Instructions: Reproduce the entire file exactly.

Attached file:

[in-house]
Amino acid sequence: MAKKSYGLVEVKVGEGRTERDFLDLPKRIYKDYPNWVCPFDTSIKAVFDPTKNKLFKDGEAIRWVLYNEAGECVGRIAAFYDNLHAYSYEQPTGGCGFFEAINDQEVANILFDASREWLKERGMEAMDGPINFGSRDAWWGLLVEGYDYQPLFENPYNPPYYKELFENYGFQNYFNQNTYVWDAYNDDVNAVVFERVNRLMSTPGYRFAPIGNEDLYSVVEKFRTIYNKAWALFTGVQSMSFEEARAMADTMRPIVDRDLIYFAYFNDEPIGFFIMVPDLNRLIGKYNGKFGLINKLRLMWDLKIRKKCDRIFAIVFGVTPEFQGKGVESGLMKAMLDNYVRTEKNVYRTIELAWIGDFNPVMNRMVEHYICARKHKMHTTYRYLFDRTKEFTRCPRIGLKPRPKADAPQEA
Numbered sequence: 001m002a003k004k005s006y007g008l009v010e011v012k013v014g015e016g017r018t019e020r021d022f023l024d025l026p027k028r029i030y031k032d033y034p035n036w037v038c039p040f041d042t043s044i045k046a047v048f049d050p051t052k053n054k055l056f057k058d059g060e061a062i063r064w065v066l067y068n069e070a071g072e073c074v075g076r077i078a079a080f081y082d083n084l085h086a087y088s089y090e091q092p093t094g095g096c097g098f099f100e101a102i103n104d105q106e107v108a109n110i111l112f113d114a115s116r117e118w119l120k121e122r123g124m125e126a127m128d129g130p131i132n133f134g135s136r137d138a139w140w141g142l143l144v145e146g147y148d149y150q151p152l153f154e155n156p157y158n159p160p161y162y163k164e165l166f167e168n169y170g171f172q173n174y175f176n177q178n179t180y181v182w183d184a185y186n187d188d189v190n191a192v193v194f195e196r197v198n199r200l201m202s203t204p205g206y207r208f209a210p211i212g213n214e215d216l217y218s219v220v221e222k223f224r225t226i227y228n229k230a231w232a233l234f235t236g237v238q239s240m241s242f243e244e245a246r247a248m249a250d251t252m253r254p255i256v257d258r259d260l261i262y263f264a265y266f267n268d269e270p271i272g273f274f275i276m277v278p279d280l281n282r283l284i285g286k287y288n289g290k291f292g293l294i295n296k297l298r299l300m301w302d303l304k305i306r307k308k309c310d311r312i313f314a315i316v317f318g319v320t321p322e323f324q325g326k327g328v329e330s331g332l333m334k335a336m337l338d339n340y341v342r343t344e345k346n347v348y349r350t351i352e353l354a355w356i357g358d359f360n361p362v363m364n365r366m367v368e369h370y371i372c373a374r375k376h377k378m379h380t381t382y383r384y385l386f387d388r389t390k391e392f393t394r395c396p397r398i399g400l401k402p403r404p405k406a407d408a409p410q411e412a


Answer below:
[in-house]
Amino acid sequence: MAKKSYGLVEVKVGEGRTERDFLDLPKRIYKDYPNWVCPFDTSIKAVFDPTKNKLFKDGEAIRWVLYNEAGECVGRIAAFYDNLHAYSYEQPTGGCGFFEAINDQEVANILFDASREWLKERGMEAMDGPINFGSRDAWWGLLVEGYDYQPLFENPYNPPYYKELFENYGFQNYFNQNTYVWDAYNDDVNAVVFERVNRLMSTPGYRFAPIGNEDLYSVVEKFRTIYNKAWALFTGVQSMSFEEARAMADTMRPIVDRDLIYFAYFNDEPIGFFIMVPDLNRLIGKYNGKFGLINKLRLMWDLKIRKKCDRIFAIVFGVTPEFQGKGVESGLMKAMLDNYVRTEKNVYRTIELAWIGDFNPVMNRMVEHYICARKHKMHTTYRYLFDRTKEFTRCPRIGLKPRPKADAPQEA
Numbered sequence: 001m002a003k004k005s006y007g008l009v010e011v012k013v014g015e016g017r018t019e020r021d022f023l024d025l026p027k028r029i030y031k032d033y034p035n036w037v038c039p040f041d042t043s044i045k046a047v048f049d050p051t052k053n054k055l056f057k058d059g060e061a062i063r064w065v066l067y068n069e070a071g072e073c074v075g076r077i078a079a080f081y082d083n084l085h086a087y088s089y090e091q092p093t094g095g096c097g098f099f100e101a102i103n104d105q106e107v108a109n110i111l112f113d114a115s116r117e118w119l120k121e122r123g124m125e126a127m128d129g130p131i132n133f134g135s136r137d138a139w140w141g142l143l144v145e146g147y148d149y150q151p152l153f154e155n156p157y158n159p160p161y162y163k164e165l166f167e168n169y170g171f172q173n174y175f176n177q178n179t180y181v182w183d184a185y186n187d188d189v190n191a192v193v194f195e196r197v198n199r200l201m202s203t204p205g206y207r208f209a210p211i212g213n214e215d216l217y218s219v220v221e222k223f224r225t226i227y228n229k230a231w232a233l234f235t236g237v238q239s240m241s242f243e244e245a246r247a248m249a250d251t252m253r254p255i256v257d258r259d260l261i262y263f264a265y266f267n268d269e270p271i272g273f274f275i276m277v278p279d280l281n282r283l284i285g286k287y288n289g290k291f292g293l294i295n296k297l298r299l300m301w302d303l304k305i306r307k308k309c310d311r312i313f314a315i316v317f318g319v320t321p322e323f324q325g326k327g328v329e330s331g332l333m334k335a336m337l338d339n340y341v342r343t344e345k346n347v348y349r350t351i352e353l354a355w356i357g358d359f360n361p362v363m364n365r366m367v368e369h370y371i372c373a374r375k376h377k378m379h380t381t382y383r384y385l386f387d388r389t390k391e392f393t394r395c396p397r398i399g400l401k402p403r404p405k406a407d408a409p410q411e412a